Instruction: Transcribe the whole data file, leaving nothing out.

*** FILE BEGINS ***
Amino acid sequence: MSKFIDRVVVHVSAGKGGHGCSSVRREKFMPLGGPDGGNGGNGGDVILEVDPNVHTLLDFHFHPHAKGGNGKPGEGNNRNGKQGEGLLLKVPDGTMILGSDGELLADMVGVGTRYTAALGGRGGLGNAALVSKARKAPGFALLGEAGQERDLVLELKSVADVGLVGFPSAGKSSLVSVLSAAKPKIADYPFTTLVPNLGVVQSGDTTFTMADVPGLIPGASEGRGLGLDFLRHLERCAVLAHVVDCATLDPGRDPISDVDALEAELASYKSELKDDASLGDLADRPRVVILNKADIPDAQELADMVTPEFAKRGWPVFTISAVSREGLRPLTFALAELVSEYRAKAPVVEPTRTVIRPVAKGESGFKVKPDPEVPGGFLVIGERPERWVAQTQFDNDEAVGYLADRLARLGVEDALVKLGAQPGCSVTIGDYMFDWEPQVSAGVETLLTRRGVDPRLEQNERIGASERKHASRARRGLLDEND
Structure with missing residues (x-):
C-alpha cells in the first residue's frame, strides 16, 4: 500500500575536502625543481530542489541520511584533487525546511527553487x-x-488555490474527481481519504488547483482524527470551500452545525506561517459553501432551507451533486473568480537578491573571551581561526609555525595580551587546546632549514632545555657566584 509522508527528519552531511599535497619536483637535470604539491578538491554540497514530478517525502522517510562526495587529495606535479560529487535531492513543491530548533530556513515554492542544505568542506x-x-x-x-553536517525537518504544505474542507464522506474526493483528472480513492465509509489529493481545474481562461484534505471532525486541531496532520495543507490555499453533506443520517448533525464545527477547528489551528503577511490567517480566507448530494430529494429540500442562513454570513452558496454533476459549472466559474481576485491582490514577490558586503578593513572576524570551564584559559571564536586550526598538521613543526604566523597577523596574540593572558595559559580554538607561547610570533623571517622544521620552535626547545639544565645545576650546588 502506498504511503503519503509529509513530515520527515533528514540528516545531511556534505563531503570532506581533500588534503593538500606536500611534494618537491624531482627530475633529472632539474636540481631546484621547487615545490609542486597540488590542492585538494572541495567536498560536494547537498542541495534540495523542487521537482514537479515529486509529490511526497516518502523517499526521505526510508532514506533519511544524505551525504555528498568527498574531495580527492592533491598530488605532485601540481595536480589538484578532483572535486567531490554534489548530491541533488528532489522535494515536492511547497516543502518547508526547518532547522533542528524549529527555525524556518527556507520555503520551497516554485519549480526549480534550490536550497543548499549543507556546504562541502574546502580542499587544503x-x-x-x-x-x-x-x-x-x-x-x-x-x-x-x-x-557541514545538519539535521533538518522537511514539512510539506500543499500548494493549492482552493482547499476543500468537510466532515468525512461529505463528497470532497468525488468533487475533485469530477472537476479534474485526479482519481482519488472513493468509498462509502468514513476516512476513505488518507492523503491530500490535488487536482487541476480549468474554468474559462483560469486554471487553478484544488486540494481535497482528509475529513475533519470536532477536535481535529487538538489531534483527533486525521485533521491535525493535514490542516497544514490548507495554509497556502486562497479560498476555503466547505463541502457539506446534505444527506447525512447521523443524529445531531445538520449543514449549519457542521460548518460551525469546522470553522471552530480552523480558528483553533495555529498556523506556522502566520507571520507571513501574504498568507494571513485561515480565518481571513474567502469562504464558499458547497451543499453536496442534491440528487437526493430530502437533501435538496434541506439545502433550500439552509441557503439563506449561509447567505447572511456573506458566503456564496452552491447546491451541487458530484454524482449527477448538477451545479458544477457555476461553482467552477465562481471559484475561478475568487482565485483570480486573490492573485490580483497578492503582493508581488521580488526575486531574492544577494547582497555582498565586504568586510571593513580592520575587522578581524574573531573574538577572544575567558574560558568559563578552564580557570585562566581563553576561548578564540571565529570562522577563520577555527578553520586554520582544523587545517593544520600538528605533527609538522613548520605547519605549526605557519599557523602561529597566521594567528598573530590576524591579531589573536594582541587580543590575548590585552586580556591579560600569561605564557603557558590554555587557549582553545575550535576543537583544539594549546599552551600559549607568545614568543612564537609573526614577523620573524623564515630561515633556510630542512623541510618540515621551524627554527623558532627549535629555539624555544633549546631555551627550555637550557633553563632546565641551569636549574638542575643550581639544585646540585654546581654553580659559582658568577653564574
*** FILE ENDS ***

Amino acid sequence: MSKFIDRVVVHVSAGKGGHGCSSVRREKFMPLGGPDGGNGGNGGDVILEVDPNVHTLLDFHFHPHAKGGNGKPGEGNNRNGKQGEGLLLKVPDGTMILGSDGELLADMVGVGTRYTAALGGRGGLGNAALVSKARKAPGFALLGEAGQERDLVLELKSVADVGLVGFPSAGKSSLVSVLSAAKPKIADYPFTTLVPNLGVVQSGDTTFTMADVPGLIPGASEGRGLGLDFLRHLERCAVLAHVVDCATLDPGRDPISDVDALEAELASYKSELKDDASLGDLADRPRVVILNKADIPDAQELADMVTPEFAKRGWPVFTISAVSREGLRPLTFALAELVSEYRAKAPVVEPTRTVIRPVAKGESGFKVKPDPEVPGGFLVIGERPERWVAQTQFDNDEAVGYLADRLARLGVEDALVKLGAQPGCSVTIGDYMFDWEPQVSAGVETLLTRRGVDPRLEQNERIGASERKHASRARRGLLDEND
Structure with missing residues (x-):
C-alpha cells in the first residue's frame, strides 16, 4: 500500500575536502625543481530542489541520511584533487525546511527553487x-x-488555490474527481481519504488547483482524527470551500452545525506561517459553501432551507451533486473568480537578491573571551581561526609555525595580551587546546632549514632545555657566584 509522508527528519552531511599535497619536483637535470604539491578538491554540497514530478517525502522517510562526495587529495606535479560529487535531492513543491530548533530556513515554492542544505568542506x-x-x-x-553536517525537518504544505474542507464522506474526493483528472480513492465509509489529493481545474481562461484534505471532525486541531496532520495543507490555499453533506443520517448533525464545527477547528489551528503577511490567517480566507448530494430529494429540500442562513454570513452558496454533476459549472466559474481576485491582490514577490558586503578593513572576524570551564584559559571564536586550526598538521613543526604566523597577523596574540593572558595559559580554538607561547610570533623571517622544521620552535626547545639544565645545576650546588 502506498504511503503519503509529509513530515520527515533528514540528516545531511556534505563531503570532506581533500588534503593538500606536500611534494618537491624531482627530475633529472632539474636540481631546484621547487615545490609542486597540488590542492585538494572541495567536498560536494547537498542541495534540495523542487521537482514537479515529486509529490511526497516518502523517499526521505526510508532514506533519511544524505551525504555528498568527498574531495580527492592533491598530488605532485601540481595536480589538484578532483572535486567531490554534489548530491541533488528532489522535494515536492511547497516543502518547508526547518532547522533542528524549529527555525524556518527556507520555503520551497516554485519549480526549480534550490536550497543548499549543507556546504562541502574546502580542499587544503x-x-x-x-x-x-x-x-x-x-x-x-x-x-x-x-x-557541514545538519539535521533538518522537511514539512510539506500543499500548494493549492482552493482547499476543500468537510466532515468525512461529505463528497470532497468525488468533487475533485469530477472537476479534474485526479482519481482519488472513493468509498462509502468514513476516512476513505488518507492523503491530500490535488487536482487541476480549468474554468474559462483560469486554471487553478484544488486540494481535497482528509475529513475533519470536532477536535481535529487538538489531534483527533486525521485533521491535525493535514490542516497544514490548507495554509497556502486562497479560498476555503466547505463541502457539506446534505444527506447525512447521523443524529445531531445538520449543514449549519457542521460548518460551525469546522470553522471552530480552523480558528483553533495555529498556523506556522502566520507571520507571513501574504498568507494571513485561515480565518481571513474567502469562504464558499458547497451543499453536496442534491440528487437526493430530502437533501435538496434541506439545502433550500439552509441557503439563506449561509447567505447572511456573506458566503456564496452552491447546491451541487458530484454524482449527477448538477451545479458544477457555476461553482467552477465562481471559484475561478475568487482565485483570480486573490492573485490580483497578492503582493508581488521580488526575486531574492544577494547582497555582498565586504568586510571593513580592520575587522578581524574573531573574538577572544575567558574560558568559563578552564580557570585562566581563553576561548578564540571565529570562522577563520577555527578553520586554520582544523587545517593544520600538528605533527609538522613548520605547519605549526605557519599557523602561529597566521594567528598573530590576524591579531589573536594582541587580543590575548590585552586580556591579560600569561605564557603557558590554555587557549582553545575550535576543537583544539594549546599552551600559549607568545614568543612564537609573526614577523620573524623564515630561515633556510630542512623541510618540515621551524627554527623558532627549535629555539624555544633549546631555551627550555637550557633553563632546565641551569636549574638542575643550581639544585646540585654546581654553580659559582658568577653564574